Lawmakers: simplify rules for small phone companies

A summer-long study commission last week advised letting landline phone companies with 25,000 or fewer customers negotiate alternative regulations with the state Public Utilities Commission.

The goal is to level their playing field with fast-moving and unregulated wireless, satellite and broadband competitors.

Committee member Sen. Bob Letourneau, R-Derry, said the goal is to preserve the little guys like Granite State Telephone, which has customers in Weare, Chester and Sandown.

“They’re getting forced out or gobbled up by the big telecoms,” Letourneau said. “But we don’t want to interfere with the regulations for the overall industry. It’s evolving so fast, and we don’t want to hinder cost reduction and innovation. We also know phone rates are 15 percent lower in areas where you have a landline rival to the new technologies. Why? It’s simple. Competition.”

The study committee’s chairman, Rep. James Garrity, R-Atkinson, said the spectrum of new telecom products is widening by the month. The technology already allows, he said, for a “cloud” or “mesh” of small transmission antennas to fill those reception dead spots in every town.

“Everybody wants the triple play of service, or maybe the quadruple play: voice, data, video, and now wireless communication,” Garrity said.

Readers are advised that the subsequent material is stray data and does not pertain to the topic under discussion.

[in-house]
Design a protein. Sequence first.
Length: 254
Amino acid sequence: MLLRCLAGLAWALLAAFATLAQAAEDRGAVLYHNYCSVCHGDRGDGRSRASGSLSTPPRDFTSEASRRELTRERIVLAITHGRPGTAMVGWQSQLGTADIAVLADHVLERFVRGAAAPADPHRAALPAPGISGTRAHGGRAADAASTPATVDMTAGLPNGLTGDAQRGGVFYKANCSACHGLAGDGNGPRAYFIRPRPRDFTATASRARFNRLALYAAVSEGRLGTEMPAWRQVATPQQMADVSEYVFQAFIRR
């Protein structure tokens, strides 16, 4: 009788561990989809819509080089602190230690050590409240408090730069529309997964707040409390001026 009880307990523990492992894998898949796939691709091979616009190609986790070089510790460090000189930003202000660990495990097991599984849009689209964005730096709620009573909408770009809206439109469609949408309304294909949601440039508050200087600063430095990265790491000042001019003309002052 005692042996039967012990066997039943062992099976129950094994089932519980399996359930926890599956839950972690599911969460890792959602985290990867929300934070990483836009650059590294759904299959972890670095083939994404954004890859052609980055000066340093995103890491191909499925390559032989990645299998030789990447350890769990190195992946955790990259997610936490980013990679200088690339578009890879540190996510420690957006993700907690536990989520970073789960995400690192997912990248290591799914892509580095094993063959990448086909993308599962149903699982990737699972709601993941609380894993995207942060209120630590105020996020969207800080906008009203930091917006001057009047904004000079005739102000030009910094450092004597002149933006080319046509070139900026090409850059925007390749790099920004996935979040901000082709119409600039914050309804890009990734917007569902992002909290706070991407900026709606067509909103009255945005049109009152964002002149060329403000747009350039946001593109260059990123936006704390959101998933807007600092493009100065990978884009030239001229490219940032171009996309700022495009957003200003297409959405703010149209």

Commission member Peter Burling, the Democratic senator from Cornish, said he’s willing to watch the relaxed rules for a trial period before asking for tighter regulations, if they prove needed.

“We can always do that,” he said. “For now we’re hoping that more and more technology spurs competition and acts as a check and balance.”

Sen. Richard Green, R-Rochester, had concerns about deregulating firms that hold monopolies in their catchment areas.

“When the railroads ran this country, they were not regulated,” he said.

Meanwhile, Verizon spokesman Erle Pierce said his firm has been working for more than a year with the PUC to relax restrictions that govern the telecommunications giant as well.

“We have to make our case every time we raise rates, lower them, or introduce a new service,” Pierce said. “So we can’t react to our competition quickly. This would give us a little more freedom to price our product.” — CHRIS DORNIN/GOLDEN DOME NEWS SERVICE

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